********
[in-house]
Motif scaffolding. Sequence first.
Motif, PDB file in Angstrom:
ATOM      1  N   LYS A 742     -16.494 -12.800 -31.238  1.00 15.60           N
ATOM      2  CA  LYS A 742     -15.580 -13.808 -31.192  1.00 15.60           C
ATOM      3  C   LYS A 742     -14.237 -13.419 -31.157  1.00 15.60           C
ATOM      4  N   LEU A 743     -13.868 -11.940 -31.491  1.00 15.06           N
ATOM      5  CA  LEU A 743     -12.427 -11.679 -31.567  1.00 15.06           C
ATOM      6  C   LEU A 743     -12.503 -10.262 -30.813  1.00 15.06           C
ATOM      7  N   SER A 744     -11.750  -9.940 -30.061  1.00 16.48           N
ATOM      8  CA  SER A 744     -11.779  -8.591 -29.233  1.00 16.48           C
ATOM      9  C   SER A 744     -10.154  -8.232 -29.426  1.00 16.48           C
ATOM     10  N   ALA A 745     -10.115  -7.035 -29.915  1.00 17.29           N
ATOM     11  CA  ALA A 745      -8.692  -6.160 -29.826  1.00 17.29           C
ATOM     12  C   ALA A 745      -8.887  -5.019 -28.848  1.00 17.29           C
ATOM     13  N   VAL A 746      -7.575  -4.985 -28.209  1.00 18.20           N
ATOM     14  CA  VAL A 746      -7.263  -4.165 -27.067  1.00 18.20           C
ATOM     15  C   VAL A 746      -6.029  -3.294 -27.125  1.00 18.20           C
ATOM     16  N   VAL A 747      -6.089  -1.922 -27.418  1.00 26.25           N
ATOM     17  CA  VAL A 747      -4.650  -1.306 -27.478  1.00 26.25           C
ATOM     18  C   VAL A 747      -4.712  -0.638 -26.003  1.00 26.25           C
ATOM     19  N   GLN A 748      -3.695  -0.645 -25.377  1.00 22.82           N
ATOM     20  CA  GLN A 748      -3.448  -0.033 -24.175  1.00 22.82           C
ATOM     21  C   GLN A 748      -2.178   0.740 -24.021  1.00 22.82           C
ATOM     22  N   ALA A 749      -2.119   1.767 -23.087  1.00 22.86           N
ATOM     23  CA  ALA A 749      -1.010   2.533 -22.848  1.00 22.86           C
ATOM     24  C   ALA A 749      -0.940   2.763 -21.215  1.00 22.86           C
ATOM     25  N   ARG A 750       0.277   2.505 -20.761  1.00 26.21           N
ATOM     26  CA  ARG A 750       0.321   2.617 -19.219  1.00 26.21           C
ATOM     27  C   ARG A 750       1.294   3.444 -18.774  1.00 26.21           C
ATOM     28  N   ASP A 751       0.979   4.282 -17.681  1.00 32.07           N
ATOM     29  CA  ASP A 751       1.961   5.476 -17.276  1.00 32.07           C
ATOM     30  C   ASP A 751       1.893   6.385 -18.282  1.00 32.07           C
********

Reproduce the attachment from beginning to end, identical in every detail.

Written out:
[in-house]
Motif scaffolding. Sequence first.
Motif, PDB file in Angstrom:
ATOM      1  N   LYS A 742     -16.494 -12.800 -31.238  1.00 15.60           N
ATOM      2  CA  LYS A 742     -15.580 -13.808 -31.192  1.00 15.60           C
ATOM      3  C   LYS A 742     -14.237 -13.419 -31.157  1.00 15.60           C
ATOM      4  N   LEU A 743     -13.868 -11.940 -31.491  1.00 15.06           N
ATOM      5  CA  LEU A 743     -12.427 -11.679 -31.567  1.00 15.06           C
ATOM      6  C   LEU A 743     -12.503 -10.262 -30.813  1.00 15.06           C
ATOM      7  N   SER A 744     -11.750  -9.940 -30.061  1.00 16.48           N
ATOM      8  CA  SER A 744     -11.779  -8.591 -29.233  1.00 16.48           C
ATOM      9  C   SER A 744     -10.154  -8.232 -29.426  1.00 16.48           C
ATOM     10  N   ALA A 745     -10.115  -7.035 -29.915  1.00 17.29           N
ATOM     11  CA  ALA A 745      -8.692  -6.160 -29.826  1.00 17.29           C
ATOM     12  C   ALA A 745      -8.887  -5.019 -28.848  1.00 17.29           C
ATOM     13  N   VAL A 746      -7.575  -4.985 -28.209  1.00 18.20           N
ATOM     14  CA  VAL A 746      -7.263  -4.165 -27.067  1.00 18.20           C
ATOM     15  C   VAL A 746      -6.029  -3.294 -27.125  1.00 18.20           C
ATOM     16  N   VAL A 747      -6.089  -1.922 -27.418  1.00 26.25           N
ATOM     17  CA  VAL A 747      -4.650  -1.306 -27.478  1.00 26.25           C
ATOM     18  C   VAL A 747      -4.712  -0.638 -26.003  1.00 26.25           C
ATOM     19  N   GLN A 748      -3.695  -0.645 -25.377  1.00 22.82           N
ATOM     20  CA  GLN A 748      -3.448  -0.033 -24.175  1.00 22.82           C
ATOM     21  C   GLN A 748      -2.178   0.740 -24.021  1.00 22.82           C
ATOM     22  N   ALA A 749      -2.119   1.767 -23.087  1.00 22.86           N
ATOM     23  CA  ALA A 749      -1.010   2.533 -22.848  1.00 22.86           C
ATOM     24  C   ALA A 749      -0.940   2.763 -21.215  1.00 22.86           C
ATOM     25  N   ARG A 750       0.277   2.505 -20.761  1.00 26.21           N
ATOM     26  CA  ARG A 750       0.321   2.617 -19.219  1.00 26.21           C
ATOM     27  C   ARG A 750       1.294   3.444 -18.774  1.00 26.21           C
ATOM     28  N   ASP A 751       0.979   4.282 -17.681  1.00 32.07           N
ATOM     29  CA  ASP A 751       1.961   5.476 -17.276  1.00 32.07           C
ATOM     30  C   ASP A 751       1.893   6.385 -18.282  1.00 32.07           C